Village Green Proposed for Historic District

Village Green Proposed for Historic District

Quick — where's the center of Centreville? For that matter, where's its Historic District?

Not many residents know the answer to either question. But a proposal to create a village green may well change all that. And nearly three dozen people heard details of the idea at a town meeting Saturday, at St. John's Episcopal Church in Centreville's Historic District.

"These kind of spaces, like New York's Central Park, often define the community," said architect Bill Robson who designed a possible Centreville village green. "And right now, our definition of community is kind of nebulous."

THE HISTORIC DISTRICT is off Route 29 and Braddock Road, behind the Second Time Around store, and the site under consideration is seven acres owned by Fairfax County along Mount Gilead and Braddock roads. Actually, a village green is something Robson, of Robson Group Architects of Chantilly, and Supervisor Michael R. Frey (R-Sully) have discussed for years.

"We started talking about how nice it would be to have a central place for the heart of the community," said Robson. Otherwise, he asked, "How do you define Centreville and where it is?"

In years gone by, places such as Utterback's Store — along Braddock Road in the Historic District in the 1800s — and later Hunter Hardware and Payne's Restaurant, became gathering spots for local residents. With a village green, said Robson, "We could create a public space to give back some of that social fabric we once had."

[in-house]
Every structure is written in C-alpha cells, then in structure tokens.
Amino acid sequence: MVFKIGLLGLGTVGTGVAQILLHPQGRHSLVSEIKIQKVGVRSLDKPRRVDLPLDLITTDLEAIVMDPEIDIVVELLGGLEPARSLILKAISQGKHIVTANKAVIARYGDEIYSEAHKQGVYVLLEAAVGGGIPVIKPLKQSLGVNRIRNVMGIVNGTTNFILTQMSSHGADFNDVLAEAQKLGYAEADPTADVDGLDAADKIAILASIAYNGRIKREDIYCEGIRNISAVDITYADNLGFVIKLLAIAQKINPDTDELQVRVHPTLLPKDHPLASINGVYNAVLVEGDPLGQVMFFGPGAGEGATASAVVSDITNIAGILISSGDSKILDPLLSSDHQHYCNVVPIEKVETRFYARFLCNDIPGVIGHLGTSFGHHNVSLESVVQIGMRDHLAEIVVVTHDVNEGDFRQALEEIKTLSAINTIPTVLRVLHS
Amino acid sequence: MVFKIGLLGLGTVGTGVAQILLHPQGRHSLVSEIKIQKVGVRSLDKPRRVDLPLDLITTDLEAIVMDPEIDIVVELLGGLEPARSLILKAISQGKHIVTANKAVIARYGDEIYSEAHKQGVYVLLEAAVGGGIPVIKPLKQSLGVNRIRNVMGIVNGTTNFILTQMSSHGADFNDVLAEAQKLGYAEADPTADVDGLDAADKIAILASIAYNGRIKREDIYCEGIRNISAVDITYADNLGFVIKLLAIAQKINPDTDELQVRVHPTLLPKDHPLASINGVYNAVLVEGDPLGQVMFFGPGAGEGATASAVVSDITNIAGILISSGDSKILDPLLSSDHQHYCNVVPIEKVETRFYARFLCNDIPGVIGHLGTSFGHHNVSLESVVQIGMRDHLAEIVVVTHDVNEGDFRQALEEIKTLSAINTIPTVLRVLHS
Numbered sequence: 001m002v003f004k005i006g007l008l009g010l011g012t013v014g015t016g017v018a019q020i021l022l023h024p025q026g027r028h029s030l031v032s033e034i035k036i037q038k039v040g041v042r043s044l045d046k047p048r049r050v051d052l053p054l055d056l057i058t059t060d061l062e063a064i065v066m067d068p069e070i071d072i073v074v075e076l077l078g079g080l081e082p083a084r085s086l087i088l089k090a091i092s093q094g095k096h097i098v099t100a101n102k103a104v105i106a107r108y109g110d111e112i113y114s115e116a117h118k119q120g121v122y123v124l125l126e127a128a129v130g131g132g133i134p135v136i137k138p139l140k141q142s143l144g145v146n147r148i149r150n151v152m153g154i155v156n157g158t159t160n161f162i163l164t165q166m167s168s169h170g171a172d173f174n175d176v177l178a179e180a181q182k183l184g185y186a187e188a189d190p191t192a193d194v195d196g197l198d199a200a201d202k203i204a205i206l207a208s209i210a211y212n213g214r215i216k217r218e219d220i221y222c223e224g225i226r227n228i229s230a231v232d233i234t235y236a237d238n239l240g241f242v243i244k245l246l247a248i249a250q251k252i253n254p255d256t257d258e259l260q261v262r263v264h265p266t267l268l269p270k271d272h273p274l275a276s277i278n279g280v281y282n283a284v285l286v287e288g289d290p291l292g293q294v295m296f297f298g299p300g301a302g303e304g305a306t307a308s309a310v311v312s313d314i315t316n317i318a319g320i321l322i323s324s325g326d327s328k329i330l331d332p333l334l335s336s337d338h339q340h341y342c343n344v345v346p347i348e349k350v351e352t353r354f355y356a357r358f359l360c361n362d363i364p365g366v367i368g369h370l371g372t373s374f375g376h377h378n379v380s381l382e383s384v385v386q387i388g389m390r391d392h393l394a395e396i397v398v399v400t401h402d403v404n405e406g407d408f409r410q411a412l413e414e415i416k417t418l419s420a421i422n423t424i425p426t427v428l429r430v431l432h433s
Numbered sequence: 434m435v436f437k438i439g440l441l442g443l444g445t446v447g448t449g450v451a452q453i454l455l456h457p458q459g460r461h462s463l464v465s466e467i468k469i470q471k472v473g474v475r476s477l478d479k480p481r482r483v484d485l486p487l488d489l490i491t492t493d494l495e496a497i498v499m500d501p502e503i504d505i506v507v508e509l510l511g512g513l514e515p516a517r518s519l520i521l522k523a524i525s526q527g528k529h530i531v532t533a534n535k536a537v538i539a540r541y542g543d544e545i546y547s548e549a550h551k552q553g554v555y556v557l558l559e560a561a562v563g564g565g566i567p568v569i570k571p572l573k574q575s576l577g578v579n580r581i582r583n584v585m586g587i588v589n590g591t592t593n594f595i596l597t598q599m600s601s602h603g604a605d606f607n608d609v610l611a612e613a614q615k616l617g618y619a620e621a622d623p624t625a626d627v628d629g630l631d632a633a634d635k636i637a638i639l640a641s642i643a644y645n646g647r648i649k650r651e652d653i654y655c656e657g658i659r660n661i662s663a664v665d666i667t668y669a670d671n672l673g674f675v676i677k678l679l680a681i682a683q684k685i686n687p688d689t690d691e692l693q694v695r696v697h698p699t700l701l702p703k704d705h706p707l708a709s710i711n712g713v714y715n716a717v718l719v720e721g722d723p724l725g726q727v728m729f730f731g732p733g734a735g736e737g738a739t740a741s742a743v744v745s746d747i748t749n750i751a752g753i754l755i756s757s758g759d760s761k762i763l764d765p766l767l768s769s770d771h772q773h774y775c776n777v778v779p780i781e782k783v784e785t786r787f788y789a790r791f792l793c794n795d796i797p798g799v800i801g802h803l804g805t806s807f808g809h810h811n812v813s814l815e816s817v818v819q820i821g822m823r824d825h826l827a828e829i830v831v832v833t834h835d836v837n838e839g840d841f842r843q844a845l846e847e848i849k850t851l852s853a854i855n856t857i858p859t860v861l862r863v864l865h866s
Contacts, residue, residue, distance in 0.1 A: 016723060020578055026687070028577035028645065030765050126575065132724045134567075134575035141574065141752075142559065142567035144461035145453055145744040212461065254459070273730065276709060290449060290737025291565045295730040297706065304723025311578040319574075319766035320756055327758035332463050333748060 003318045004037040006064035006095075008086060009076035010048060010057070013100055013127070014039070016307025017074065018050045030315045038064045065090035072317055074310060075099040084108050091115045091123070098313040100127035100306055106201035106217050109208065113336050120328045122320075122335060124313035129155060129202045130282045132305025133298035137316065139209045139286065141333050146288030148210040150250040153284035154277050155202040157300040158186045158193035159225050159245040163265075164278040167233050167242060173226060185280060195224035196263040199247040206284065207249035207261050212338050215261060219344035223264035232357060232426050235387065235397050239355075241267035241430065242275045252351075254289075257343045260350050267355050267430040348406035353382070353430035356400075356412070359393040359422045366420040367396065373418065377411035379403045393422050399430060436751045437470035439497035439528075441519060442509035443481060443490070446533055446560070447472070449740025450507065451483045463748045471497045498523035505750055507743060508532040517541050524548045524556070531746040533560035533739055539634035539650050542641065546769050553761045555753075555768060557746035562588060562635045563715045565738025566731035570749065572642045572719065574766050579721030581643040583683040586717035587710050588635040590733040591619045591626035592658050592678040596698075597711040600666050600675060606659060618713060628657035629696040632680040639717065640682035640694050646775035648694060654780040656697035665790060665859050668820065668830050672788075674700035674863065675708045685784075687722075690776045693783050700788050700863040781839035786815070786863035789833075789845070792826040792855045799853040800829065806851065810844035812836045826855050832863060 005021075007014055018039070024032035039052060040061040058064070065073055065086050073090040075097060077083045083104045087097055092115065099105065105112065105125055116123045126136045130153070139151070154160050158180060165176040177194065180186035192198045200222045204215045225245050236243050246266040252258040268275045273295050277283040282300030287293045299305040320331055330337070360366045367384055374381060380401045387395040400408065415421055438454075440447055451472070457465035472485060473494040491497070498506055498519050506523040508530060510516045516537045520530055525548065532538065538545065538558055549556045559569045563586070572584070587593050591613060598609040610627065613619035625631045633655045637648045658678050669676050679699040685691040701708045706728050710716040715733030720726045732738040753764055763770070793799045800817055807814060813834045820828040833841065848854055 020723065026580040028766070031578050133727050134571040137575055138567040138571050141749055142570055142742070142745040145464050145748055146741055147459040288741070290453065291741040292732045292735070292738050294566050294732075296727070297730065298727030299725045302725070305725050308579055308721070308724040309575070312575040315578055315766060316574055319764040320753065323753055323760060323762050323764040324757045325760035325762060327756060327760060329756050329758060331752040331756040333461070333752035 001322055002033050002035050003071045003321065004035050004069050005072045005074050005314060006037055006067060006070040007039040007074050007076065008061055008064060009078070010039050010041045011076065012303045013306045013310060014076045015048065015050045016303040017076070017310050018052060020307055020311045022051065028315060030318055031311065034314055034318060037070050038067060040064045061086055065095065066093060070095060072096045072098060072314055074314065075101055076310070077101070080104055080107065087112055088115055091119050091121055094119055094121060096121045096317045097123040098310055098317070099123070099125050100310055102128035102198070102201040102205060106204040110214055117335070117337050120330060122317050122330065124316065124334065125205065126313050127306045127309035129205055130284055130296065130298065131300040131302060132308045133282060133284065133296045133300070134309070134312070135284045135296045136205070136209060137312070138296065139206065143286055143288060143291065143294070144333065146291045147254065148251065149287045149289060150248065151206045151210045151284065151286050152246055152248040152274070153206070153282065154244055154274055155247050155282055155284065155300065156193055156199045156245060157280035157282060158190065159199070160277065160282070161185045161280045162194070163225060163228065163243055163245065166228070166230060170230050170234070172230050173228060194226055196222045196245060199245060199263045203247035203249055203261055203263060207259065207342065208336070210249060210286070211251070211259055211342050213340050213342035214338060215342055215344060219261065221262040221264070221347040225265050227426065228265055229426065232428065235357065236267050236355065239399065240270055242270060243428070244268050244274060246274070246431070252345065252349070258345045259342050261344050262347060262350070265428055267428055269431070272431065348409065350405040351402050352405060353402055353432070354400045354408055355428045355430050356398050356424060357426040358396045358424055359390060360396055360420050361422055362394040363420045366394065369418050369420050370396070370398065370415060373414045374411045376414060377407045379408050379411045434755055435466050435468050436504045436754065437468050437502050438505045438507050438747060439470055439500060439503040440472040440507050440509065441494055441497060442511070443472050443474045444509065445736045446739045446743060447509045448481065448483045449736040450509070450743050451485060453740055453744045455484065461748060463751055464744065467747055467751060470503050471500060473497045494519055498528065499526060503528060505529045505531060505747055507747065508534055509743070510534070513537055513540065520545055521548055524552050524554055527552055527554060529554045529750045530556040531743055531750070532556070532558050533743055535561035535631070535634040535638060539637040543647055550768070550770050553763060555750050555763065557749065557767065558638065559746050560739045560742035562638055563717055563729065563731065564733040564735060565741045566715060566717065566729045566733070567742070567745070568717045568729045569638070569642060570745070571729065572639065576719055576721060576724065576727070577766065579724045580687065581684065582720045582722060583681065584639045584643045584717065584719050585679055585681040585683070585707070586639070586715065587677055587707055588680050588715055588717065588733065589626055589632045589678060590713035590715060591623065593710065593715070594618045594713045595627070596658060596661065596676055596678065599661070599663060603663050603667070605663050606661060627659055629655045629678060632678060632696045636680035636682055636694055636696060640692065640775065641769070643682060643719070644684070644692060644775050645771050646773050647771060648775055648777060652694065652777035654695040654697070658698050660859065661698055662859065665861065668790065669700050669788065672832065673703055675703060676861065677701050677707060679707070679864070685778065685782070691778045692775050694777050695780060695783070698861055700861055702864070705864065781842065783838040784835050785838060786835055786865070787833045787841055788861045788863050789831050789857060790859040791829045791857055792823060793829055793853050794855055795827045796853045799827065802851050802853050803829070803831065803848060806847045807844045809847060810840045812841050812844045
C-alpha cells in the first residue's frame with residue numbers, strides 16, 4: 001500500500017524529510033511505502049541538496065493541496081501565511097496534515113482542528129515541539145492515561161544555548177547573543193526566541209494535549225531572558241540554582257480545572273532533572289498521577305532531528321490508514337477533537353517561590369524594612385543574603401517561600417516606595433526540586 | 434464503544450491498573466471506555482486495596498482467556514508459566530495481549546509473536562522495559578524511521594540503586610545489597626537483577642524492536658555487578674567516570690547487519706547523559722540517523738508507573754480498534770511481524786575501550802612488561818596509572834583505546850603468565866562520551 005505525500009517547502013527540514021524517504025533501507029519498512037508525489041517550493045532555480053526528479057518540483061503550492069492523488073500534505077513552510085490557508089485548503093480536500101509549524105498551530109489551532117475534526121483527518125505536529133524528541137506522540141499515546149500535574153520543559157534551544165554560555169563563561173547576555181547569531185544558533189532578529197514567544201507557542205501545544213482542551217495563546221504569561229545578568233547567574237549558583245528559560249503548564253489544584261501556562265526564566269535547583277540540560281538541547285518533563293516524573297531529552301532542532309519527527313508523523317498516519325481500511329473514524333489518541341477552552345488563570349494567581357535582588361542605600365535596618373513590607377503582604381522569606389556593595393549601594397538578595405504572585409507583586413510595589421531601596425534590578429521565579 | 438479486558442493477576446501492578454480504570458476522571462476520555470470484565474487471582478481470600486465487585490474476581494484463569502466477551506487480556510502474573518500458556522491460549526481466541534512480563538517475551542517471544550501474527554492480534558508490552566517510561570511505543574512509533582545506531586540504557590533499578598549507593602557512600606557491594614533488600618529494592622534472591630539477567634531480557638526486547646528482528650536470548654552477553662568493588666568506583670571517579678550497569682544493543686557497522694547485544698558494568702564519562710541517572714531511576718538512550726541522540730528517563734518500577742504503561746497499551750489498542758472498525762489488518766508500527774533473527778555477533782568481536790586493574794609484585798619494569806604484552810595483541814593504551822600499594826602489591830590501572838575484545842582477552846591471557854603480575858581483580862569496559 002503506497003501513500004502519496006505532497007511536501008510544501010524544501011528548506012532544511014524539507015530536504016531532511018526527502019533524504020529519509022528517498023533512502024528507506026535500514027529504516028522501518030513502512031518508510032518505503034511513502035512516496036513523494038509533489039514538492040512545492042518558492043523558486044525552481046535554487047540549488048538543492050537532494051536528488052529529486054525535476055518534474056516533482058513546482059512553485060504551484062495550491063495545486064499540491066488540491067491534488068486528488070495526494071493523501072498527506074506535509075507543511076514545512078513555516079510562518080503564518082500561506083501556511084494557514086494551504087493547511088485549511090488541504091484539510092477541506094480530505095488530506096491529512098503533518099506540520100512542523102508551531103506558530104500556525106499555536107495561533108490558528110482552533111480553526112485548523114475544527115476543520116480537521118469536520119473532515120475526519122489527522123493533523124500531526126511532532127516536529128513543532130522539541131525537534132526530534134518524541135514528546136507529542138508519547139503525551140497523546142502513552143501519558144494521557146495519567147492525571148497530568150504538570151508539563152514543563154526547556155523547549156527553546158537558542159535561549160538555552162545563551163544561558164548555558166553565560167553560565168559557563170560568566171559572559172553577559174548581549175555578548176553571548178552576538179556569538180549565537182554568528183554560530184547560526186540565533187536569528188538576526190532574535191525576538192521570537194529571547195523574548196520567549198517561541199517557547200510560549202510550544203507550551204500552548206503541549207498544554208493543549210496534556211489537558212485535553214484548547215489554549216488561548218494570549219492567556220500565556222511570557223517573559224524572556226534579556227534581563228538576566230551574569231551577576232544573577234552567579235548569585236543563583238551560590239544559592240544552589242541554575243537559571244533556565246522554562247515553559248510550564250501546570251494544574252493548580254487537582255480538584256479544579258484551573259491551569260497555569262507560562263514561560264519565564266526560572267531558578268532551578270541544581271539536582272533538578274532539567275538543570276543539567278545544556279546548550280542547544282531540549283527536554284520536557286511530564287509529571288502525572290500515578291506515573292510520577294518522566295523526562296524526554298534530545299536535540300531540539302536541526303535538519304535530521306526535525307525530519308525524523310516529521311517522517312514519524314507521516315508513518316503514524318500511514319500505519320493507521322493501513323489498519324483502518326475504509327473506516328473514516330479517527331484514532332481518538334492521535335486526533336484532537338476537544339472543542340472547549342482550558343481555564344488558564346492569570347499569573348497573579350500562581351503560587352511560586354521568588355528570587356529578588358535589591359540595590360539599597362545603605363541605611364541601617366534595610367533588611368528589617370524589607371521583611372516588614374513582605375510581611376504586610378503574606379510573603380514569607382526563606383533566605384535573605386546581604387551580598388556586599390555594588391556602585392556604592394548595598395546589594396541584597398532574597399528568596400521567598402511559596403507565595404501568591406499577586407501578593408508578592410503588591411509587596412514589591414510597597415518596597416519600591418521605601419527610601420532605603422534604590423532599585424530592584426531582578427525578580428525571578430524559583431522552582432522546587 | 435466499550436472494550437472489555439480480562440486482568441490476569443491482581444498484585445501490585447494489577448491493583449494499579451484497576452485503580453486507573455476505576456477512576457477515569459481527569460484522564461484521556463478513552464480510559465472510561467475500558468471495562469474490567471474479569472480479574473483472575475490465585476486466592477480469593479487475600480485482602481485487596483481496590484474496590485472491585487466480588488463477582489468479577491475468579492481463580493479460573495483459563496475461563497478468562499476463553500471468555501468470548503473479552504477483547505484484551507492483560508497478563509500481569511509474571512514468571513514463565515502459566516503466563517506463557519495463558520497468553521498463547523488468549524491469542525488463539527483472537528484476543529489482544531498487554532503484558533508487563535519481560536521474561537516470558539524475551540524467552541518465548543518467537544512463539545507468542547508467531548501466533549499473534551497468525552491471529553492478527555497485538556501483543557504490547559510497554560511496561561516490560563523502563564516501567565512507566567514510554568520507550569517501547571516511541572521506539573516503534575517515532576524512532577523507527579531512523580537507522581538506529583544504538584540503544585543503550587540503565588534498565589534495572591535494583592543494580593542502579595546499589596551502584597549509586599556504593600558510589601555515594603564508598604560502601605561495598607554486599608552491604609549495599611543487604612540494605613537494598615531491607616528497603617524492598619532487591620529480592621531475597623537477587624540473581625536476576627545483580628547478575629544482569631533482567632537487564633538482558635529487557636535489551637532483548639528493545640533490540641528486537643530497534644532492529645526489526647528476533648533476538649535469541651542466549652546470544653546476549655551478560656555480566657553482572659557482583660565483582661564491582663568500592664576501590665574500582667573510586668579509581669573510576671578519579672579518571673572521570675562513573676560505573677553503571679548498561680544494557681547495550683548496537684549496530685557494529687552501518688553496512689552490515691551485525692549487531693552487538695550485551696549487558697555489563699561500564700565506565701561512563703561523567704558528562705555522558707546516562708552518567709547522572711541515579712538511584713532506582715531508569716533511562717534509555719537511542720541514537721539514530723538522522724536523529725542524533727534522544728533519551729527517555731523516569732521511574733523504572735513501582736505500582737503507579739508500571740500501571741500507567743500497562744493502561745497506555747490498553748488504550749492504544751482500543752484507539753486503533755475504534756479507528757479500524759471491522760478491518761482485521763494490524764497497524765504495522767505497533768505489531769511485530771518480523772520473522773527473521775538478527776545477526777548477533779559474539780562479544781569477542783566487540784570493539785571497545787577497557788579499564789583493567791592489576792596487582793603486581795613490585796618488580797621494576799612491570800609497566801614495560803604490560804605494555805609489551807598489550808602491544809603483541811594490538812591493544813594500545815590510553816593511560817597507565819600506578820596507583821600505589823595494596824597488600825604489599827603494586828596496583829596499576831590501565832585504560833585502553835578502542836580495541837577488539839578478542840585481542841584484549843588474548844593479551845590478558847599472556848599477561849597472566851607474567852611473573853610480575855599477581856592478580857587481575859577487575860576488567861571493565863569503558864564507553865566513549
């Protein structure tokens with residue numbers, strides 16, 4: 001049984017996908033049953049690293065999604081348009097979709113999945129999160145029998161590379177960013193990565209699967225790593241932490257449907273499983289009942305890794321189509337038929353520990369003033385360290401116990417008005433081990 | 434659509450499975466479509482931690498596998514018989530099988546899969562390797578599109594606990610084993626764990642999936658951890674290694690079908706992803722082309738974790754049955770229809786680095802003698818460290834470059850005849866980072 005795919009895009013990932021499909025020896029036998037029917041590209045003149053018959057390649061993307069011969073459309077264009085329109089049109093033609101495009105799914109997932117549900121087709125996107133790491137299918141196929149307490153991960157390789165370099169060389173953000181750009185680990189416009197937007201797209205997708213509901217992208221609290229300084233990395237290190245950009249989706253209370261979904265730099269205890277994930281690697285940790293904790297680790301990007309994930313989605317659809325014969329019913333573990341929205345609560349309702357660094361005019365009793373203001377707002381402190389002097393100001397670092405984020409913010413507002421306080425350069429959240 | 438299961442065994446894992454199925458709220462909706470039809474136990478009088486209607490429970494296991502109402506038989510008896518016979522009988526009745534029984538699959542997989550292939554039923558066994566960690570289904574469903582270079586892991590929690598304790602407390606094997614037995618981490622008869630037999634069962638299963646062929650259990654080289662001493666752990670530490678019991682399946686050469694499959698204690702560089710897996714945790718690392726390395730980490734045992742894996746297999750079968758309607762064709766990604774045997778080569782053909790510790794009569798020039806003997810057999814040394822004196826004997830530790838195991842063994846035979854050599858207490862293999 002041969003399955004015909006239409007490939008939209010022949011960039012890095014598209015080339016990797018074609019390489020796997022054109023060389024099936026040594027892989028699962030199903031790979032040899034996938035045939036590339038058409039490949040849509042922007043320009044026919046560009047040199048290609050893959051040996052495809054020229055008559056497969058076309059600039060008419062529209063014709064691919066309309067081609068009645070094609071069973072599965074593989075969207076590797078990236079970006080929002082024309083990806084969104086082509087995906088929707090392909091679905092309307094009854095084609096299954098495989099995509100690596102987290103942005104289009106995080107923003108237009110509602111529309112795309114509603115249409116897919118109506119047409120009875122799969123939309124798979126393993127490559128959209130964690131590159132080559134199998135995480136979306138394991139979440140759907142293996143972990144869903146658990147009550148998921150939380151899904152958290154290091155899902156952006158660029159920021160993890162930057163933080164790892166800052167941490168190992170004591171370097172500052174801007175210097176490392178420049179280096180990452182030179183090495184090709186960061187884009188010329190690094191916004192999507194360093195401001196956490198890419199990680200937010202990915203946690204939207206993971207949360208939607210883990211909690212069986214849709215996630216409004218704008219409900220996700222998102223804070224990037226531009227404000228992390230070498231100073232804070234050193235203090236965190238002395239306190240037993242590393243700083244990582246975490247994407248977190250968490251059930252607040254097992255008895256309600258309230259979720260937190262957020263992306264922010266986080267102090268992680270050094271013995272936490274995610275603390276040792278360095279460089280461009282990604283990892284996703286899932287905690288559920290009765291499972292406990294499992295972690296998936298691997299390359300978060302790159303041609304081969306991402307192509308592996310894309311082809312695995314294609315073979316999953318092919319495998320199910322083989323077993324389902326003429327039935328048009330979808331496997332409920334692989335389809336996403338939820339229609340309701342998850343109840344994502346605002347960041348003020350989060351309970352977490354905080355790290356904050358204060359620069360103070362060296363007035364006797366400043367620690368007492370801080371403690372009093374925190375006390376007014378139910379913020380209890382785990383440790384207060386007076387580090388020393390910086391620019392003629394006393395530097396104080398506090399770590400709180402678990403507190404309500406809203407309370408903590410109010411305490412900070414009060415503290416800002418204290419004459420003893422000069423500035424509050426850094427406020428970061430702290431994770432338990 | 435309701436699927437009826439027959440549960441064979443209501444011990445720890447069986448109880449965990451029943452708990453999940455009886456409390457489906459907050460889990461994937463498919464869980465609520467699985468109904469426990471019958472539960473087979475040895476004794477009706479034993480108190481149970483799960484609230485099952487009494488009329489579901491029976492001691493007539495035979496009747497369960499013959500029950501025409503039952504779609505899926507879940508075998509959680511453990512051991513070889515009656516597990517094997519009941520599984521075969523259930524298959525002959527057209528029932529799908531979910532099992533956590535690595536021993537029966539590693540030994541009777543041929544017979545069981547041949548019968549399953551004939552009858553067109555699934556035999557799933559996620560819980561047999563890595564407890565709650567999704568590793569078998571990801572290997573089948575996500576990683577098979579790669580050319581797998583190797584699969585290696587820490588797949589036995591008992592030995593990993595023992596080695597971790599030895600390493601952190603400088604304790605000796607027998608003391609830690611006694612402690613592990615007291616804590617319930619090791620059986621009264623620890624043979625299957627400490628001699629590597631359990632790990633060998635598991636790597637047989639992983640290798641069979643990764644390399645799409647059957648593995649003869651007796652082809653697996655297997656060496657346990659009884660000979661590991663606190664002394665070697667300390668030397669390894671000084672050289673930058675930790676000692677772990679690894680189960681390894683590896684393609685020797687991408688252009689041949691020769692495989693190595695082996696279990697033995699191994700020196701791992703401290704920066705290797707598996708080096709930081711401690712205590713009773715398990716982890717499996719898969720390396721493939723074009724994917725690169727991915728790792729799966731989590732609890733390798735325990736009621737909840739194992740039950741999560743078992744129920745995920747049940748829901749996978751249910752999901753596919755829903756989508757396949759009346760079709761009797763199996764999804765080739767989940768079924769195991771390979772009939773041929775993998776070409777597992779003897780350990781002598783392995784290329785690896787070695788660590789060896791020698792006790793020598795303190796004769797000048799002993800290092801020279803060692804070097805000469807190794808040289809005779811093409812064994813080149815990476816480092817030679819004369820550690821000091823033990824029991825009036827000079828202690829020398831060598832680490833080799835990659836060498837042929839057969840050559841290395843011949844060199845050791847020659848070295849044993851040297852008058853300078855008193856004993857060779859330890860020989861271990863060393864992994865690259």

As things stand now, he said, Centreville doesn't have such a place for meetings and events, but the Historic District would fill the bill nicely. "The county has no designated use for this land, so this is our opportunity to create a community space," said Robson. "It could be used, for example, for farmers markets, summer concerts, arts and crafts shows and Centreville Day."

Dennis Hogge owns two historic homes there, plus three acres fronting on Mount Gilead and Braddock roads, across from the historic Mount Gilead home. But he said the Historic District isn't marked or delineated: "[It] needs to be revitalized and enlarged, and Bill Robson's green-space plan is the beginning of that."

"If you ask most Centreville residents, they don't even know Centreville has a Historic District," said Robson. "And when I asked 10 people, only one knew that one existed — but she thought it was at the Newgate Shopping Center [at Routes 28/29]."

The late Rick Korink chaired the Centreville Study Group that put the Historic District into the county's Comprehensive Plan in 1985. The Supervisors later bought the seven-acre, Mount Gilead site to preserve it.

Now, Robson's designed a village-green concept that he and Frey determined would best use the space. And Saturday, Frey, Hogge and Marvin Powell, interim director of the Centreville Community Foundation, said Centreville has a heritage that many people don't know about, so the village green should tie into Centreville's past.

"So I took the gridiron plan proposed in the late 1700s/early 1800s, when Centreville was a bustling community, and superimposed it on top of the county's land," explained Robson. "And two of the other original blocks on that grid are [also] on the county's land, so the streets designated there would now become brick-paved, pedestrian ways, with no cars allowed on them."